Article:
WASHINGTON (NEXSTAR) — Meta, formerly known as Facebook, has reached an agreement with the U.S. Department of Justice to make sweeping changes to prevent discriminatory housing advertising practices.

The U.S. Department of Housing and Urban Development had filed a complaint accusing Meta of violating the Fair Housing Act. It alleged modern redlining, saying Meta’s algorithm advertised housing listings to some users while excluding others on the basis of sex, race, income, religion or disability.

Under the settlement, Meta says it is building a new system to “ensure the age, gender and estimated race … of a housing ad’s overall audience matches the age, gender, and estimated race … of the population eligible to see that ad.”

Meta has until December to make those changes to avoid further federal action.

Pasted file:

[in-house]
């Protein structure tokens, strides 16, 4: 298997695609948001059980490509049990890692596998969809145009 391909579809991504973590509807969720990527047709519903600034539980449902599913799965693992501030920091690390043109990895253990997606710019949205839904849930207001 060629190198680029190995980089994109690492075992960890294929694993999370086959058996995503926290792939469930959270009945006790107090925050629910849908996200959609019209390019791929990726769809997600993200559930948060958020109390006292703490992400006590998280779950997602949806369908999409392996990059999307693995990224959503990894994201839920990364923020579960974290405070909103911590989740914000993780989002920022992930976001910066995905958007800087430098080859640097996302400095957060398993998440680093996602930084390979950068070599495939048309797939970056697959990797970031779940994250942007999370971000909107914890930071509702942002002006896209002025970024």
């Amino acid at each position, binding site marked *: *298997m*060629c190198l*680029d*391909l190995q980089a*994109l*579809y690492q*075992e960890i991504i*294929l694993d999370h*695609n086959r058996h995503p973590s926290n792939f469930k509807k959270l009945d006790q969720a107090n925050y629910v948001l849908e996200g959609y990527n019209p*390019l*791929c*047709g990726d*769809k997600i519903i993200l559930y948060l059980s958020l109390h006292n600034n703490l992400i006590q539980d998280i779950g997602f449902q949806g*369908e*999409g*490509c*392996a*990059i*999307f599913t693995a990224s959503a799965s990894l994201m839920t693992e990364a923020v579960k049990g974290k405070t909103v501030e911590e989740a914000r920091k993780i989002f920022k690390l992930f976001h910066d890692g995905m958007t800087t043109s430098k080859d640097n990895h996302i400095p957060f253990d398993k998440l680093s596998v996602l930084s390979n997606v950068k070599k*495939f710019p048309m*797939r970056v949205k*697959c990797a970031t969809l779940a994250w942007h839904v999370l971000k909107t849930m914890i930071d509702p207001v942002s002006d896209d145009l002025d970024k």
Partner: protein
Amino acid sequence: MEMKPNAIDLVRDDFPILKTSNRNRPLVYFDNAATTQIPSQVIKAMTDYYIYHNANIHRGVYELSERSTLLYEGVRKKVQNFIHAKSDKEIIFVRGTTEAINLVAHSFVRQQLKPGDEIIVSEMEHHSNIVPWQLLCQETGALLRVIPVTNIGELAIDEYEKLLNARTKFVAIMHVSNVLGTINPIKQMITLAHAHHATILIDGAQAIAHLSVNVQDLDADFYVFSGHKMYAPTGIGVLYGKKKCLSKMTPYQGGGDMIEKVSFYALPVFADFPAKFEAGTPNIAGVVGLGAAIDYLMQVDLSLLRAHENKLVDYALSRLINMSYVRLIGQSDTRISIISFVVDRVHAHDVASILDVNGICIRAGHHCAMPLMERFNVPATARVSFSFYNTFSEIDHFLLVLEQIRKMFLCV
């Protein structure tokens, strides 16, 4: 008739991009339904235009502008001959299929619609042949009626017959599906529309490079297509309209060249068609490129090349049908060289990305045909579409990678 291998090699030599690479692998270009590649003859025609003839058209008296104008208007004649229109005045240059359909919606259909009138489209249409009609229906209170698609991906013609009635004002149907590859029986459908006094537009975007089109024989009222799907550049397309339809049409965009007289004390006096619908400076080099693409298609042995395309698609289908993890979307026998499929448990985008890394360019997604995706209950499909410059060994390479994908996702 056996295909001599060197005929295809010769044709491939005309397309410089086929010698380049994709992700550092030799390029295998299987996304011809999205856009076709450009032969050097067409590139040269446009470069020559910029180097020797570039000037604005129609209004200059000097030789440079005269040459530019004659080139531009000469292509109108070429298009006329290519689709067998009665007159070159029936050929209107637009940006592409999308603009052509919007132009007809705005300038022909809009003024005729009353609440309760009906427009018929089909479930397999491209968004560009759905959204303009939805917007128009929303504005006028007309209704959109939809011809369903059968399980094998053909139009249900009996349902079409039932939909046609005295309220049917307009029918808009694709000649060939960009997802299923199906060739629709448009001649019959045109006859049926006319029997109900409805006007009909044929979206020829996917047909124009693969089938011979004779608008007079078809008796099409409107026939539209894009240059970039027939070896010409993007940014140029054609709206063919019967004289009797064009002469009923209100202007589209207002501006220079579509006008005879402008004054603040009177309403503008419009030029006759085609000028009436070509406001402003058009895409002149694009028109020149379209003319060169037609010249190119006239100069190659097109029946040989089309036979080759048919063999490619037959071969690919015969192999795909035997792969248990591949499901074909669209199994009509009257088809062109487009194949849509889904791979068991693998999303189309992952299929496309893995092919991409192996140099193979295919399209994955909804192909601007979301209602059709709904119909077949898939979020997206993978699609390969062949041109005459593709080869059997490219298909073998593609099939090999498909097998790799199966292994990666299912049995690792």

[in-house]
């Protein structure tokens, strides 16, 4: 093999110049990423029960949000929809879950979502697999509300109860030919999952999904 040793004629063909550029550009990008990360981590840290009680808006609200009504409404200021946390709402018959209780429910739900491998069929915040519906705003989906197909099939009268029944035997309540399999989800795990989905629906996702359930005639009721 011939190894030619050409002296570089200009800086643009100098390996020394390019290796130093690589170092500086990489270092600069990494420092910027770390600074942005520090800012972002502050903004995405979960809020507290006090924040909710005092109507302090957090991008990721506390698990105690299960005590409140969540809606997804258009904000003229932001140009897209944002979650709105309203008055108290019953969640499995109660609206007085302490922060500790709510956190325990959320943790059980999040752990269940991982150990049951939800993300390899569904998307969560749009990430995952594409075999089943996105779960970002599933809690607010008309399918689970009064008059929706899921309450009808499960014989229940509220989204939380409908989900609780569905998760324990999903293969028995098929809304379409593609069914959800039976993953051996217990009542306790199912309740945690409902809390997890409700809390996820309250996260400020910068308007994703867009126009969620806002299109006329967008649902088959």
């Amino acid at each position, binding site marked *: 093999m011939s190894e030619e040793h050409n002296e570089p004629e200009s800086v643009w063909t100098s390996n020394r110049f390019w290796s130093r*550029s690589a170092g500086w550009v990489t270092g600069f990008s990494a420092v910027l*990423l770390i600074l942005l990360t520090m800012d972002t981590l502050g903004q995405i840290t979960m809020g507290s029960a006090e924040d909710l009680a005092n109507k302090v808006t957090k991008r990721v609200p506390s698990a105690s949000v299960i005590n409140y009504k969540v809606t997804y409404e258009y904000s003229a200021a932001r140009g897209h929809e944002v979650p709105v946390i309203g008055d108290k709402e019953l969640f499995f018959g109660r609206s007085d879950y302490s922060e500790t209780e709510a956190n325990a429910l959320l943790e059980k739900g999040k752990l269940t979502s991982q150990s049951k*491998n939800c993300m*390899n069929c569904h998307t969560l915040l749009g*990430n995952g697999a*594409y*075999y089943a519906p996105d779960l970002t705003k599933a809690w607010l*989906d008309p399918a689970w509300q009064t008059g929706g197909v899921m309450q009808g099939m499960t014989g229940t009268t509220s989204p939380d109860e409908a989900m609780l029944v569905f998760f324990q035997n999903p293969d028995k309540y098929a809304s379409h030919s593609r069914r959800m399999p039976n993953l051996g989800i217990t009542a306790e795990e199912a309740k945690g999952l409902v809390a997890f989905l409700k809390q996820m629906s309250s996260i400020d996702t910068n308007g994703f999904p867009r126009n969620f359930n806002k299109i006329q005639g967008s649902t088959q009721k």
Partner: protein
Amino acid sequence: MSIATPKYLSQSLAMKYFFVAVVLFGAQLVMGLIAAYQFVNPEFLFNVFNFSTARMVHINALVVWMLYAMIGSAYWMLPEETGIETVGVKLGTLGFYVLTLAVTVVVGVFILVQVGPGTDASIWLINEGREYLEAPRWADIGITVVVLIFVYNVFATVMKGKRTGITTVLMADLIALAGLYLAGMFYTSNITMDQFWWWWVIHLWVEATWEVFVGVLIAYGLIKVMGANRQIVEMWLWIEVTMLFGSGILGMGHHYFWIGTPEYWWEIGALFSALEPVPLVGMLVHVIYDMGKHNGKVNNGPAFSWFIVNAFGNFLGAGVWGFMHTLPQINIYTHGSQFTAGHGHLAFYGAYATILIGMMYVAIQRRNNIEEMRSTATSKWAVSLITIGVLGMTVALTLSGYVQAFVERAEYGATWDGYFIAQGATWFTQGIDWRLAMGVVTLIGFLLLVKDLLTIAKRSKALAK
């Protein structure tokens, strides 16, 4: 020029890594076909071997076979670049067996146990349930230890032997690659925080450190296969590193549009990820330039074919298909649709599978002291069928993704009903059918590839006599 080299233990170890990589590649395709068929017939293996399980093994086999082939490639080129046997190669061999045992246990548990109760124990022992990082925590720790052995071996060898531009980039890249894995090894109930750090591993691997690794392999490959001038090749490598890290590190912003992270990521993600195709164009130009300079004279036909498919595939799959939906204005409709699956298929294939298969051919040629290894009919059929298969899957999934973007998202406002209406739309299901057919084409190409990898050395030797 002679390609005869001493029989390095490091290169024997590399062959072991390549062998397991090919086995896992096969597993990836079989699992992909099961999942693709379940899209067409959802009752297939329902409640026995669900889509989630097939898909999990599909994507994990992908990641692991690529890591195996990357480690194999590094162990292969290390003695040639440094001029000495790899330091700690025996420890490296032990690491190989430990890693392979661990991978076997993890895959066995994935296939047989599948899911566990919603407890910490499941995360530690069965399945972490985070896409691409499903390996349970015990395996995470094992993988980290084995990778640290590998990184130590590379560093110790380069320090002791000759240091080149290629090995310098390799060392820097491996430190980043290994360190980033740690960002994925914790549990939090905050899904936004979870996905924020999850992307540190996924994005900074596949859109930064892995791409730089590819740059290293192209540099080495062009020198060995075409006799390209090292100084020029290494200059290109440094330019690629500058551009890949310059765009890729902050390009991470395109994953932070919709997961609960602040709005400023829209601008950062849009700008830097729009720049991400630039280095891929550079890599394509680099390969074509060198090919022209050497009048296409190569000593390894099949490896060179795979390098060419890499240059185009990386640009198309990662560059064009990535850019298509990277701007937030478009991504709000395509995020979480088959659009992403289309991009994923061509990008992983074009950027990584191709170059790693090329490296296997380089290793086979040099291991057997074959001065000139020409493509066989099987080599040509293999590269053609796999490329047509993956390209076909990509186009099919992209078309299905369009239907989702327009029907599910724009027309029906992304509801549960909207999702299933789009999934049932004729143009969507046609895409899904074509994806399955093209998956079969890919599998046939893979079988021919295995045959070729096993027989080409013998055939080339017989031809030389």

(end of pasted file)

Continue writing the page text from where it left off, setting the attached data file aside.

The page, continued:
Some lawmakers are skeptical Meta can be trusted.

“We’re going to have to stay on top of this,” Rep. Emanuel Cleaver, D-Mo., who chairs the House Financial Services Subcommittee on Housing, said.

He previously wrote to Meta complaining about unfair housing ads.

“I said to (Meta CEO) Mr. (Mark) Zuckerberg, ‘You’re going to have to give some major attention this,'” Cleaver said.

He said the platform needs permanent oversight to ensure new discriminatory practices don’t appear.

“If we take our eyes off this new Meta platform, there’s no telling what could happen,” he said.

He said he would like to bring Zuckerberg back to Capitol Hill to testify about housing discrimination and a long list of issues concerning Meta’s algorithms. He said regulations are overdue.